The Bar Sleuth: How do you bend an elbow with no elbow room?
January 4, 2006
BURY ST. EDMUNDS — Stonehenge.
The Changing of the Guard.
Big Ben. Parliament. Westminster Abbey.
Check, check, check.
Britain’s smallest pub.
If you can’t put a check behind the last English must-see, don’t fret. The legendary pub is a short drive from RAF Lakenheath or Mildenhall and is open seven days a week.
The Nutshell — measuring 15 feet long by 7.5 feet wide — is a two-minute walk from the town square in the picturesque historic district of this charming Suffolk town. The address is 17 The Traverse, but you are better off asking just about anybody walking through downtown where it is and they can quickly point you in the right direction.
If you’re lucky, you’ll stop in for a brew — six are on tap, but drinking the locally brewed Greene King is the civilized thing to do — and share a conversation with landlord Martin Baylis, whose affinity for Americans is surpassed only by his quick wit.
“It’s a process beer,” Baylis said of Greene King. “You can drink eight pints of it without falling over. It’s like Budweiser.”
Despite a plethora of listings on the Internet for this Guinness Book of World Record holder, Baylis is the best man to tell the pub’s colorful lore.
“It’s a very complicated history, this place,” he said. “It was opened in 1873 by John H. Stebbing and has had several landlords.”
Baylis can tell you about the day the pub beat its own record for maximum capacity by packing more than 100 revelers into the corner pub.
“March 10, 1984,” Baylis said. “One hundred and two people and a Jack Russell.”
On most days, though, the pub holds no more than a dozen folks.
“We can fit 15 comfortably,” he said. “After 15, it starts to get a little cozy.”
Then there’s the 400-year-old dead cat hanging from the ceiling.
“They brought it up here to scare away witches,” he said. “They still come in, though. My ex-wife’s been in frequently.”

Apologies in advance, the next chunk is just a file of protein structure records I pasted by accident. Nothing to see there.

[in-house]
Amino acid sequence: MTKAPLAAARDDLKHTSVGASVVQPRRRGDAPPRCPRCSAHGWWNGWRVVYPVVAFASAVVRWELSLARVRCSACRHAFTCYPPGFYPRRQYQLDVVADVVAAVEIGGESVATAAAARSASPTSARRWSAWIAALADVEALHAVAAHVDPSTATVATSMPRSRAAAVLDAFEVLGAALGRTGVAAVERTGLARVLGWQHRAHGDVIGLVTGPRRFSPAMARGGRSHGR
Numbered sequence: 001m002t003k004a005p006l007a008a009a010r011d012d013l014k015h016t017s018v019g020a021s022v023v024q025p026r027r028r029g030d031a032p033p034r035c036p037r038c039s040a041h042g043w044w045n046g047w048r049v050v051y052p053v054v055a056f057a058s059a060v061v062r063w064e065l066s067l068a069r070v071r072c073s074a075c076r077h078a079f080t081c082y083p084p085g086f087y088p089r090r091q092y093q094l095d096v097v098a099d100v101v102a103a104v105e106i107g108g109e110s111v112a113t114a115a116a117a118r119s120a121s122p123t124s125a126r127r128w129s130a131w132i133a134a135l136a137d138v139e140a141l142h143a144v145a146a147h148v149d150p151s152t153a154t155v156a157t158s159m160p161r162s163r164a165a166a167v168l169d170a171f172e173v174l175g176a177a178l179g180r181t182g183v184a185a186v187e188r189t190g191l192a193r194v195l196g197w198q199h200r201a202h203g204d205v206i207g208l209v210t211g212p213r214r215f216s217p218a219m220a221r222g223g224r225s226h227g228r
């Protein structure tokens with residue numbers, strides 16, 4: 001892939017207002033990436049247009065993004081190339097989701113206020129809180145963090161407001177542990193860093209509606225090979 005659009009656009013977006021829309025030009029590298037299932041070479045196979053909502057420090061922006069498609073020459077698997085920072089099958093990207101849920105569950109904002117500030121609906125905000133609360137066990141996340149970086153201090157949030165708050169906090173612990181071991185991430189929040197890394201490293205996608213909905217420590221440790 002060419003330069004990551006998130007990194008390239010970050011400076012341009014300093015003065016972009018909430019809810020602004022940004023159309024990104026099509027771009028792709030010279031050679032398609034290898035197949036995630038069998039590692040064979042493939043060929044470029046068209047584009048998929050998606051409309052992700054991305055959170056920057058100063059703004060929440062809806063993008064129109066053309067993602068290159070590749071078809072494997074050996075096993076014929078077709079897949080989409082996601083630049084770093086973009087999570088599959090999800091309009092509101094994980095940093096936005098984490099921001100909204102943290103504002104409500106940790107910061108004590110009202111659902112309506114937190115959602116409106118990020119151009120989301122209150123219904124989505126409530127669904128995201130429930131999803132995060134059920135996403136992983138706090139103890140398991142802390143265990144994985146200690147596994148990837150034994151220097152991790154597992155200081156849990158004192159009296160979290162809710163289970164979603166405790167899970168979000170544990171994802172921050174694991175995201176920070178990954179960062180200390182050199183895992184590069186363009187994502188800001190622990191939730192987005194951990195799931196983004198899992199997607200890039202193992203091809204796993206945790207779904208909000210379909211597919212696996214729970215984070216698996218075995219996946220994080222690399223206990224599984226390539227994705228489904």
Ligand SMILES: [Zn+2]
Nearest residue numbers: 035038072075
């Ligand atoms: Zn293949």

The cat is surrounded by scores of currency notes from around the world, although the majority are dollar bills.
“I’ve had a 20-dollar bill stolen off the ceiling,” he said. “I don’t see any American doing it. Most of the Americans who come in here are military, and I can’t see them being short $20.”
Holding the title of Britain’s smallest pub is more than pouring cold beers and displaying deceased felines. Every now and then, the bar has to defend its title.
A few years ago, the staff of Smith’s Arms, a pint-size pub in Godmanstone, challenged The Nutshell to a soccer match to settle the squabble over which pub was tinier.
“I don’t know what the score was, but we have a cup somewhere in the building,” Baylis said with a proud smile.
Until someone is entrepreneurial enough to find a smaller space within a more charming location and crafty enough to make so much out of so little, The Nutshell’s title is secure.
Location: 17 The Traverse, downtown Bury St. Edmunds, just a few hundred feet from the town square.
Drinks: Six beers on tap, but the locally brewed Greene King is recommended. Prices are reasonable, certainly not overpriced.
Food: None. You wouldn’t want to even think about ordering food here anyway. There’s a dead cat hanging from the ceiling.
Ambiance: It’s not Zagat rated, but that’s the way they like it.
Service: Exceptional. You’ll never have to wait to get the bartender’s attention.